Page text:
I said this one day to the doctor in charge of my case, and he told me that, in a sense, what I was feeling was right, that we are in here not to correct the deformation but to accustom ourselves to it: that one of our problems was our inability to recognize and accept our own deformities. Just as each person has certain idiosyncrasies in the way he or she walks, people have idiosyncrasies in the way they think and feel and see things, and though you might want to correct them, it doesn't happen overnight, and if you try to force the issue in one case, something else might go funny.
Naoko (letter): Unable to find a place inside ourselves for the very real pain and suffering that these deformities cause, we come here to get away from such things. As long as we are here, we can get by without hurting others or being hurt by them because we know that we are "deformed". That's what distinguishes us from the outside world: most people go about their lives unconscious of their deformities, while in this little world of ours the deformities themselves are a precondition. Just as Indians wear feathers on their heads to show what tribe they belong to, we wear our deformities in the open. And we live quietly so as not to hurt one another.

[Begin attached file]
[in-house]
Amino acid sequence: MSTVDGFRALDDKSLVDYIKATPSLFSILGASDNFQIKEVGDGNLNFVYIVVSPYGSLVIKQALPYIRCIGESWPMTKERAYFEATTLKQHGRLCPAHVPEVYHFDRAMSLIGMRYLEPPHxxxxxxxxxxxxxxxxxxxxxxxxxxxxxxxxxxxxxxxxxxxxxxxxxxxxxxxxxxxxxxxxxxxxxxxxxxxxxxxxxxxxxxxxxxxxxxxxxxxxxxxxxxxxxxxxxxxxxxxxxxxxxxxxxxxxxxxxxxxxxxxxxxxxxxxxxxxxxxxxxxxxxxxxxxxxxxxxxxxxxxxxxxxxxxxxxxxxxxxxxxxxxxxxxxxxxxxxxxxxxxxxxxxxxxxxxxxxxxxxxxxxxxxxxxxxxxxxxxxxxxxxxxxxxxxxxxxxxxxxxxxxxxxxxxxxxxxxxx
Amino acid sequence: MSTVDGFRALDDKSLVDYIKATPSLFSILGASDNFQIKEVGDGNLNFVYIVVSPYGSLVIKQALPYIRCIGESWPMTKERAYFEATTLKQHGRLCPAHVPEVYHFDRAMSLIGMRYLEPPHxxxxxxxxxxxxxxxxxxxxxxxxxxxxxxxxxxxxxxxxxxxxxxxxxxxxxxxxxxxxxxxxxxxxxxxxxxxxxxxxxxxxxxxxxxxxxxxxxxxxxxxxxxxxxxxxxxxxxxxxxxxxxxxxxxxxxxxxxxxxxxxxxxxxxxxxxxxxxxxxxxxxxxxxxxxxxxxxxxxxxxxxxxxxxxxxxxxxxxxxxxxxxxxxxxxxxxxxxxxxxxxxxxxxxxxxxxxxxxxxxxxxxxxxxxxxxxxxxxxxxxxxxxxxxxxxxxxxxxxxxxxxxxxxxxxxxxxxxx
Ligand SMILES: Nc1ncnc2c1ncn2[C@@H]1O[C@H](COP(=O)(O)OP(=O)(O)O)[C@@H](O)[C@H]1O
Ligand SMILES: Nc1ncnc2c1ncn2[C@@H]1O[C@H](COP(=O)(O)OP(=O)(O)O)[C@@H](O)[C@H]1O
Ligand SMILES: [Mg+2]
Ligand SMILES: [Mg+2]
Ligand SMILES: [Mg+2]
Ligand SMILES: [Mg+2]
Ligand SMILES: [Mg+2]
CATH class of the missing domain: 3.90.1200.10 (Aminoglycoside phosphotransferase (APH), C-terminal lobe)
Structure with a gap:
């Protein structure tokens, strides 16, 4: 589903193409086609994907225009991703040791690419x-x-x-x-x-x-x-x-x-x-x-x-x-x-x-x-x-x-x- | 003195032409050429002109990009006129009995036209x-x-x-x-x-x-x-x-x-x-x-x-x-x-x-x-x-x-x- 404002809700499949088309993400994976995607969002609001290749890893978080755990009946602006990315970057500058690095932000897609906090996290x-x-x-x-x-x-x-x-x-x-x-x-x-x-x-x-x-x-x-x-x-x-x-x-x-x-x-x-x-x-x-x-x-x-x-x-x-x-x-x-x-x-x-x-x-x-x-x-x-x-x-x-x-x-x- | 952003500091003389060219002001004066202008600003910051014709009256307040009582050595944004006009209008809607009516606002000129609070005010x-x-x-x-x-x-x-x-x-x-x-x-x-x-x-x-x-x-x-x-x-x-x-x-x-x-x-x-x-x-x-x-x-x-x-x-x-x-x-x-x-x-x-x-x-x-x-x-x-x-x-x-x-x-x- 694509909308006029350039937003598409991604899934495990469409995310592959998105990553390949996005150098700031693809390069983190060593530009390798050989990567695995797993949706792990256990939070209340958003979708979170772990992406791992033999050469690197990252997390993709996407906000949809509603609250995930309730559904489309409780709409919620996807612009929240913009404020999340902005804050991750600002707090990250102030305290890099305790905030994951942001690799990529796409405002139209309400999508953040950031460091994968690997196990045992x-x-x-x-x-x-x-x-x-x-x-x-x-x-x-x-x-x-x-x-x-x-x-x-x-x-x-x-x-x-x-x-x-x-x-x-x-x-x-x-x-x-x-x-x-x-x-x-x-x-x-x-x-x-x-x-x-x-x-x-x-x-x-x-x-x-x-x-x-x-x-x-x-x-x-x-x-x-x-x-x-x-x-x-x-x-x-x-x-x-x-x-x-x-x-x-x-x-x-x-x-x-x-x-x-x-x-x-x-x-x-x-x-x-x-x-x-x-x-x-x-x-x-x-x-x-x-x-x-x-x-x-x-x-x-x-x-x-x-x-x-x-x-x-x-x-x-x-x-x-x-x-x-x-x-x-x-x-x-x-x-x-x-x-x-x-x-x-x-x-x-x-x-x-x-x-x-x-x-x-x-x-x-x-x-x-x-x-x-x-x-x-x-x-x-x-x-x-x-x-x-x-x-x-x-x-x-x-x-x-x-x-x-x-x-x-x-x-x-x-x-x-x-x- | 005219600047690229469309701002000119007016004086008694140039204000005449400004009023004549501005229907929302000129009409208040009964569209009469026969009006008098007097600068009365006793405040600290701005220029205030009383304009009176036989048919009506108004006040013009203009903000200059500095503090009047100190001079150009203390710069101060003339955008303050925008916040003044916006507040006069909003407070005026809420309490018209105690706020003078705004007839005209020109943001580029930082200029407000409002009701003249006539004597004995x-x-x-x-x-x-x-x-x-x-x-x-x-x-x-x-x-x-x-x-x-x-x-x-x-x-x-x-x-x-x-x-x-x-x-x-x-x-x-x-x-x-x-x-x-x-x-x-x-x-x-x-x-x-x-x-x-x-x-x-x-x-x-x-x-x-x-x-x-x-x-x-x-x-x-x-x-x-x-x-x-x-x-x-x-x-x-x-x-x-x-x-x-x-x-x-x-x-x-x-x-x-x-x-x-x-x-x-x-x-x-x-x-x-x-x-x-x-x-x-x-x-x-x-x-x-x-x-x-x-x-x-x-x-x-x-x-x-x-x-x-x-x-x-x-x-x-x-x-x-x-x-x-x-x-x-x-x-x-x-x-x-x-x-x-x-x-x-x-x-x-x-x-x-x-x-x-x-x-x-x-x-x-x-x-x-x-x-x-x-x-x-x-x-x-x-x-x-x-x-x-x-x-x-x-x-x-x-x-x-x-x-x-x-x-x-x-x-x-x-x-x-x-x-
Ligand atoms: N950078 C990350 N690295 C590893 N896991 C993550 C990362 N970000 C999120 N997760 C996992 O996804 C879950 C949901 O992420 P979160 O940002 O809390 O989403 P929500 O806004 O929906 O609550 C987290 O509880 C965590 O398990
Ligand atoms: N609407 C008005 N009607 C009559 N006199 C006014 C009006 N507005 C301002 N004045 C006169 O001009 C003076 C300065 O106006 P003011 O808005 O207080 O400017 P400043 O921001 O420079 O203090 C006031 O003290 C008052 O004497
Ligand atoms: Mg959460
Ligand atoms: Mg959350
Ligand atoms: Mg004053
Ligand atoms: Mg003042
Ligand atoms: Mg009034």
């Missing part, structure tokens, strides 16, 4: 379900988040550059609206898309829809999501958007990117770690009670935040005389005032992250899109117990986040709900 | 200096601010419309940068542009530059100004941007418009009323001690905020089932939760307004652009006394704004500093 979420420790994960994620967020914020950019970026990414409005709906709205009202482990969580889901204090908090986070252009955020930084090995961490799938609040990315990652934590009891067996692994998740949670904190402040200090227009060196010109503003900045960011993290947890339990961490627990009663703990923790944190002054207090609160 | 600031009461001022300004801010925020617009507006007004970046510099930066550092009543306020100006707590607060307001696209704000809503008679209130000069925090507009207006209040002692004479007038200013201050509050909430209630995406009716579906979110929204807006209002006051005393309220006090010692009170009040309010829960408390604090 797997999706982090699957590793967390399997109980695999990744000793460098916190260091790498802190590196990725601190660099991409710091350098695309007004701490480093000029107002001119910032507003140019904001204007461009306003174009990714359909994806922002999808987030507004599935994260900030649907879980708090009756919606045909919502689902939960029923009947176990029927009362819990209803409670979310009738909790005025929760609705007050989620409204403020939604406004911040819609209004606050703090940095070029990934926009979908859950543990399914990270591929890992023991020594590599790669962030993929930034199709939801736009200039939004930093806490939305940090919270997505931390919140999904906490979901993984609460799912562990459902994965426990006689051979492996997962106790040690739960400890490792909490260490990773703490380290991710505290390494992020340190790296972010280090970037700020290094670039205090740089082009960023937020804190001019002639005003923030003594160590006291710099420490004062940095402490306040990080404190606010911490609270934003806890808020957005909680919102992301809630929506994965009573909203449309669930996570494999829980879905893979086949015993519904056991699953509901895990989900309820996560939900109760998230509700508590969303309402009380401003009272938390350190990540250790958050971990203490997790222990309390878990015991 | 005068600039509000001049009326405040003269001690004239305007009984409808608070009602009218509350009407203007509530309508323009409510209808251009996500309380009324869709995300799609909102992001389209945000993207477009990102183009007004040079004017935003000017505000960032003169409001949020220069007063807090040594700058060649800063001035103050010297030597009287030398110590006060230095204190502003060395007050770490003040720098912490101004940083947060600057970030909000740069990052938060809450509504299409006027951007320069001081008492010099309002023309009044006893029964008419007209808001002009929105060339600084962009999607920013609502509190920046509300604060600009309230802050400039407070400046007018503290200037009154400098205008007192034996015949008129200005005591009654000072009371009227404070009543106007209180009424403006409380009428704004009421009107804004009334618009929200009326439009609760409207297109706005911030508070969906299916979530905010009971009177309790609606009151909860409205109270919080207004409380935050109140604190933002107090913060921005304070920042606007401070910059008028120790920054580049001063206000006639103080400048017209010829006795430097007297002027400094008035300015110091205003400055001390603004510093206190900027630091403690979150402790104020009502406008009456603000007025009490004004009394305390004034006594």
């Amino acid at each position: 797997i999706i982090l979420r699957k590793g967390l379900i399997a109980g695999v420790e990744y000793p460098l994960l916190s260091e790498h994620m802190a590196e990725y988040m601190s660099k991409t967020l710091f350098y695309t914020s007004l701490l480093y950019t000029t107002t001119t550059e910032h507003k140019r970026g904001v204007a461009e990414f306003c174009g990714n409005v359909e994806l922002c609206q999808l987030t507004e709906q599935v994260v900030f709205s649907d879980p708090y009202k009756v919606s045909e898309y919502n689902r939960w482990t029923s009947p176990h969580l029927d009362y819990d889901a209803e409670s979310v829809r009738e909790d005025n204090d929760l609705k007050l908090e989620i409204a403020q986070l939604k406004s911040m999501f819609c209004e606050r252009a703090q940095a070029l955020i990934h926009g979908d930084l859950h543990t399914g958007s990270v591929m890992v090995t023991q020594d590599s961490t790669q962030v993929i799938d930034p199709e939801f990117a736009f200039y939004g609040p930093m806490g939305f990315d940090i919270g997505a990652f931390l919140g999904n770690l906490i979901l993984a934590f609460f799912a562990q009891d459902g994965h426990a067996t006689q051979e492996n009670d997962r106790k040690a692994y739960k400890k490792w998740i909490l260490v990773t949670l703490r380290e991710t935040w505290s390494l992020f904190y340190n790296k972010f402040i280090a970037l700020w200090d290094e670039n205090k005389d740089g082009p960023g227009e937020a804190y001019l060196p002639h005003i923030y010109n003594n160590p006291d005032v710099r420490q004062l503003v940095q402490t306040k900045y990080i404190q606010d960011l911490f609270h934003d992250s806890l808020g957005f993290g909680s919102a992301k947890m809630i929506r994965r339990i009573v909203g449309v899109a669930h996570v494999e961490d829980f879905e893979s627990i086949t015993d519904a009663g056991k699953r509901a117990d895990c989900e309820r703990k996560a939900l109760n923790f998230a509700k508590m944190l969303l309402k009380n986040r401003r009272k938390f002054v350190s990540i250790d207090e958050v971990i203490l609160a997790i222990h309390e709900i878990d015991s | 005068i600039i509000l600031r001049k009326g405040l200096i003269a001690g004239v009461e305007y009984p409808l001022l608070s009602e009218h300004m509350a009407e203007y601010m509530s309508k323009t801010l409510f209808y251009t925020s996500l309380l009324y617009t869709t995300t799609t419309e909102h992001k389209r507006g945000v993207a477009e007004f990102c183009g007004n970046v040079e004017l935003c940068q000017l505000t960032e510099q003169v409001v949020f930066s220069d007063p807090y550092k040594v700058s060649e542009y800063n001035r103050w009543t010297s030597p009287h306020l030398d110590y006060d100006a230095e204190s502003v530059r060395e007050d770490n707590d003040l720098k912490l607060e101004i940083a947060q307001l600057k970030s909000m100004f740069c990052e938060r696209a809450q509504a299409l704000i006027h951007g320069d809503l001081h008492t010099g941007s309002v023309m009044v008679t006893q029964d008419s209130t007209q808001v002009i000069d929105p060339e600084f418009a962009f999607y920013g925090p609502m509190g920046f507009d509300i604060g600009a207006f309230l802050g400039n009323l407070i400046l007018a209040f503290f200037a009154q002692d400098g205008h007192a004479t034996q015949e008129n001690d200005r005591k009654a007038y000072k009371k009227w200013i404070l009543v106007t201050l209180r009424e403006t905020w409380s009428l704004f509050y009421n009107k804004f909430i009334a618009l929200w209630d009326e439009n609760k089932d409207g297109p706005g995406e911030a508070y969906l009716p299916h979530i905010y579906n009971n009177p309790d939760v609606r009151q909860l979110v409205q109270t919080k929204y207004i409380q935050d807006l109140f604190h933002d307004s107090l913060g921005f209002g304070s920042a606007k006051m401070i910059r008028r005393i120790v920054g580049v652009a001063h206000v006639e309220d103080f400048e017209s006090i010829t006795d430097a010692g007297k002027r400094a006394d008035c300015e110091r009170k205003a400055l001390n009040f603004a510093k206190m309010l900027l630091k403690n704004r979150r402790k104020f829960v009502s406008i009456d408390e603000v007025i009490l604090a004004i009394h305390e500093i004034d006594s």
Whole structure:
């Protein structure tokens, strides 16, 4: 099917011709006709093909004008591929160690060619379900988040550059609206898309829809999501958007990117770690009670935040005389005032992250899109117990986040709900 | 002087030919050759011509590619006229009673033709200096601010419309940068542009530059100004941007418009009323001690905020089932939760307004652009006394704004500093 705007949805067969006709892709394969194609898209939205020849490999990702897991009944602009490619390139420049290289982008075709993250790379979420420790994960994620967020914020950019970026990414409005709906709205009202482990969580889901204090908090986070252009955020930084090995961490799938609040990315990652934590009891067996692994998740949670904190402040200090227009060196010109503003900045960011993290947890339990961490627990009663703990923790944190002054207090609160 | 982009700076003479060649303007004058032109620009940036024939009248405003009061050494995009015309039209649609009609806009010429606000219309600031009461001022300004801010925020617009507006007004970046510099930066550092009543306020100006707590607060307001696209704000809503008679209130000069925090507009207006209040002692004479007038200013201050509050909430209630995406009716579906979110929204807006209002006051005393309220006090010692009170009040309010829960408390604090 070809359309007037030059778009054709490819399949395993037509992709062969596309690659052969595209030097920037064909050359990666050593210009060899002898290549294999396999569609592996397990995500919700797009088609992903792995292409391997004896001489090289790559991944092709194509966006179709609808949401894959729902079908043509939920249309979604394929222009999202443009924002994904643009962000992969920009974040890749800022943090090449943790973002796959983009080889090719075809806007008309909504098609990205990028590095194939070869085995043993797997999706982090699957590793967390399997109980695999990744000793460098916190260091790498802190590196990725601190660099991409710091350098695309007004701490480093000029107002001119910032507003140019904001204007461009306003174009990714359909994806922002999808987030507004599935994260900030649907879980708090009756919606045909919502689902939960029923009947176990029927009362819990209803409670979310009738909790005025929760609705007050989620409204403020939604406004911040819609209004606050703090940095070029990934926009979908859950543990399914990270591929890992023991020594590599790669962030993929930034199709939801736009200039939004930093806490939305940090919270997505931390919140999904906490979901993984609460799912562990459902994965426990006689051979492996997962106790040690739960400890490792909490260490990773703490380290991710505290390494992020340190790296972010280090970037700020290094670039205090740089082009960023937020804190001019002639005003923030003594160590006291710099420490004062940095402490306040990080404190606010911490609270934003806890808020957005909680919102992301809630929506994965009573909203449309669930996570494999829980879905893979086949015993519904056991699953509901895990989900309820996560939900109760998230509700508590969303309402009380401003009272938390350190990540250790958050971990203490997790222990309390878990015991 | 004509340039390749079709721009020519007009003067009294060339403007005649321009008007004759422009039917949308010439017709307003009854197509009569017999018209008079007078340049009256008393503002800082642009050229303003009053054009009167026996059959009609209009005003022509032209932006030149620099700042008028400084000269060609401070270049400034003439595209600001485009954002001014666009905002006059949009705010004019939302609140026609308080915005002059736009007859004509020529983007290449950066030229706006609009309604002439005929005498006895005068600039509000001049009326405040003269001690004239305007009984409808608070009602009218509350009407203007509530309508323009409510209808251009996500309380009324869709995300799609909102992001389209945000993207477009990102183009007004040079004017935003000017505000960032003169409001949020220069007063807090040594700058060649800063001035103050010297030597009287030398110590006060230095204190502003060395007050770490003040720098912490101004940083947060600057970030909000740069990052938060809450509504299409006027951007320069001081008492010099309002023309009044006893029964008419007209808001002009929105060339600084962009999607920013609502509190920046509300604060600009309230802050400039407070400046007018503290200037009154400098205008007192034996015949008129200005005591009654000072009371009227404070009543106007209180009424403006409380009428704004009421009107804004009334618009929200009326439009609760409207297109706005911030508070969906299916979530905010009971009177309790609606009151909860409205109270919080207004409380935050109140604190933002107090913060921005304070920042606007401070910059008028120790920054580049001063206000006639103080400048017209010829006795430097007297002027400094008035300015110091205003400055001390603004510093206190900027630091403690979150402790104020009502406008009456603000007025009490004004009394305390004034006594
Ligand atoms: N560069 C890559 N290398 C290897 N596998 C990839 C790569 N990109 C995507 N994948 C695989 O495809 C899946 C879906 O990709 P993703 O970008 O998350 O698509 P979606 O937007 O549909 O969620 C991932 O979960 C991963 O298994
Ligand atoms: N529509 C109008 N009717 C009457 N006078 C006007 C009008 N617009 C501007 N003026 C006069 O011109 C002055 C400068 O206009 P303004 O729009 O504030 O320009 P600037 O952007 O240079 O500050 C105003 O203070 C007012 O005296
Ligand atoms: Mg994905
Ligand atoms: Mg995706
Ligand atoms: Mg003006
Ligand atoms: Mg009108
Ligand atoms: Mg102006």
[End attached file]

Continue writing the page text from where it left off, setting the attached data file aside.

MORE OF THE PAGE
In addition to playing sports, we all participate in growing vegetables: tomatoes, aubergines, cucumbers, watermelons, strawberries, spring onions, cabbage, daikon radishes, and so on and on. We grow just about everything. We use greenhouses, too. The people here know a lot about vegetable farming, and they put a lot of energy into it. They read books on the subject and call in experts and talk from morning to night about which fertilizer to use and the condition of the soil and stuff like that. I have come to love growing vegetables. It's great to watch different fruits and vegetables getting bigger and bigger each day. Have you ever grown watermelons? They swell up, just like some kind of little animals.